The real­i­ty of this con­stant Big Broth­er dig­i­tal spy­ing in people’s homes is that dozens of remote work­ers are start­ing to com­plain that they feel burned out by this pres­sure. A recent Fish­bowl sur­vey of major com­pa­nies’ employ­ees found that three-quar­ters of those polled were opposed to using an app or device that allows their com­pa­ny to trace their con­tacts with col­leagues. Yet many fear they will be brand­ed as trou­ble­mak­ers or lose their jobs if they speak out. And since remote work­ers hard­ly see each oth­er—and increas­ing­ly may not even know many of their cowork­ers—these fac­tors will make labor orga­niz­ing and col­lec­tive work­er empow­er­ment increas­ing­ly challenging.

U.S. labor unions have been slow to advo­cate for updat­ing these out­dat­ed laws. One union, the Unit­ed Elec­tri­cal, Radio, and Machine Work­ers of Amer­i­ca, has been work­ing to blunt the worst of the abus­es. Labor-friend­ly media have been miss­ing this sto­ry as well. Not only should unions advo­cate to update the laws and lim­it dig­i­tal spy­ing, but why not also demand that home-based work­ers be com­pen­sat­ed by employ­ers for use of their house, util­i­ties and the inter­net? And that the employ­er remains respon­si­ble to pro­vide equip­ment and a safe work­place, even in the home?

Remote work­force growth—the new normal?

As the num­ber of remote work­ers ris­es, con­cerns are grow­ing among labor advo­cates that this is quick­ly becom­ing the “new nor­mal.” One sur­vey found that 74% of com­pa­nies intend to keep some pro­por­tion of their work­force on a per­ma­nent remote sta­tus, with near­ly a quar­ter of respon­dents say­ing they will move at least 20% of their on-site employ­ees to per­ma­nent remote sta­tus. Google, whose par­ent com­pa­ny is Alpha­bet, recent­ly announced it will keep its 200,000 full-time and con­tract employ­ees home until at least July 2021, and Mark Zucker­berg pre­dicts half of Face­book employ­ees will work from home over the next decade. HUB Inter­na­tion­al, a glob­al insur­ance bro­ker­age, has shift­ed 90% of its 12,000-plus employ­ees to remote sta­tus. Teleper­for­mance, the world’s largest call-cen­ter com­pa­ny, esti­mates that near­ly 155,000 of its employ­ees—almost half its glob­al work­force—will not return to a phys­i­cal work­site. A sur­vey of firms bythe Sur­vey of Busi­ness Uncer­tain­ty found that the share of work­ing days spent at home is expect­ed to increase four­fold from a pre-Covid-19 lev­el of 5 per­cent to 20%. Post-pan­dem­ic, many employ­ees will work from home one to three days a week, and come into the office the rest of the time.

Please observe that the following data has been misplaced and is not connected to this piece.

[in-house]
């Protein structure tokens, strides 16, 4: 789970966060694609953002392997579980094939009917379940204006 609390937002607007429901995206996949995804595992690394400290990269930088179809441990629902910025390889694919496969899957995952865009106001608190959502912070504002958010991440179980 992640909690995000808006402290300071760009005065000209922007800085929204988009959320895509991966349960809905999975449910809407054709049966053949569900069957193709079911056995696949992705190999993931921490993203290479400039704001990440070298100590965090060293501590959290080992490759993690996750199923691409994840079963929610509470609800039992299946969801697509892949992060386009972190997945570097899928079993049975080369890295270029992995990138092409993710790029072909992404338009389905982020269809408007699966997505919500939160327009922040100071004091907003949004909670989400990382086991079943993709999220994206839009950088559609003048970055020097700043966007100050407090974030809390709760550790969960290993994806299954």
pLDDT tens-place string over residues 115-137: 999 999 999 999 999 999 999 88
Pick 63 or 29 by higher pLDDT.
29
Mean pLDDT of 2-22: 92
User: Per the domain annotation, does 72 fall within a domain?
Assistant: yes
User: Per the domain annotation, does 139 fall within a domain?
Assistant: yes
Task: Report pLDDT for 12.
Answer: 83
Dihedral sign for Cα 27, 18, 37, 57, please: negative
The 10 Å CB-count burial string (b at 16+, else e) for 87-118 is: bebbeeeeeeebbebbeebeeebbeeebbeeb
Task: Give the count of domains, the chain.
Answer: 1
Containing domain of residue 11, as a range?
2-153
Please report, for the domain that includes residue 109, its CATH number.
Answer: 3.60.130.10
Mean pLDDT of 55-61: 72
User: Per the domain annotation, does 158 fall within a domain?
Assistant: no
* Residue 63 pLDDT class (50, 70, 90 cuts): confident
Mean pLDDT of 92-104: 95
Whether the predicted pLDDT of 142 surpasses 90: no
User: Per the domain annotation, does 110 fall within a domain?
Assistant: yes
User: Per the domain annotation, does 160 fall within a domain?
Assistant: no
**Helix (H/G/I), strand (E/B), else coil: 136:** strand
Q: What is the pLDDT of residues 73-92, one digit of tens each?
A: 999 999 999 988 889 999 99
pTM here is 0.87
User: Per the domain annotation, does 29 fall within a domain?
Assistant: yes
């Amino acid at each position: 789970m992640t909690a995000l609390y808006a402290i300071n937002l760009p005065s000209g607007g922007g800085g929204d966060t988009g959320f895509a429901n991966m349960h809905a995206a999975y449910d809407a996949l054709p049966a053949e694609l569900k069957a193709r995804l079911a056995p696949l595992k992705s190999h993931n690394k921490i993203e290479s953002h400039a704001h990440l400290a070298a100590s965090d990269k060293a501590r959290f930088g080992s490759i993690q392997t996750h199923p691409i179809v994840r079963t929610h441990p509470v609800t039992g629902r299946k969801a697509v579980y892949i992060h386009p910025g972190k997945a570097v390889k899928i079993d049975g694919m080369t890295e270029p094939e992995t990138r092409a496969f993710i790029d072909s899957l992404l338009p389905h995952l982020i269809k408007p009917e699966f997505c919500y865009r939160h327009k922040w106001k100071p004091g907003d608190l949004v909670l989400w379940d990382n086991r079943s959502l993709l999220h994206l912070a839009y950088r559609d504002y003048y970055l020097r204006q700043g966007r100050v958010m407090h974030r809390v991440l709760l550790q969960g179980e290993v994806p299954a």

But not all at-home work­ers are cre­at­ed equal. Stan­ford econ­o­mist Nicholas Bloom says “This is gen­er­at­ing a time bomb for inequal­i­ty.” More edu­cat­ed, high­er-earn­ing employ­ees are far more like­ly to work from home, con­tin­u­ing to get paid and advance their careers. But many oth­ers are unable to work from home, often because they lack suit­able space or fast, afford­able inter­net con­nec­tions, and they are being left behind. “They face bleak prospects if their skills and work expe­ri­ence erode dur­ing an extend­ed shut­down and beyond,” says Bloom.

The future of work has become more uncer­tain than ever. In this “brave new world,” labor unions and advo­cates must ensure that the pan­dem­ic is not mis­used by busi­ness­es as an excuse to wors­en con­di­tions for employ­ees who work out of the office. It is easy to imag­ine how the lines between ‘remote’ work and ‘plat­form’ work could blur, lead­ing to more ‘Uber­iza­tion’ as work devolves into ‘inde­pen­dent’ con­tracts, bogus self-employ­ment and ‘pay-by-project’ arrange­ments that can be eas­i­ly out­sourced to remote (and low­er cost) destinations.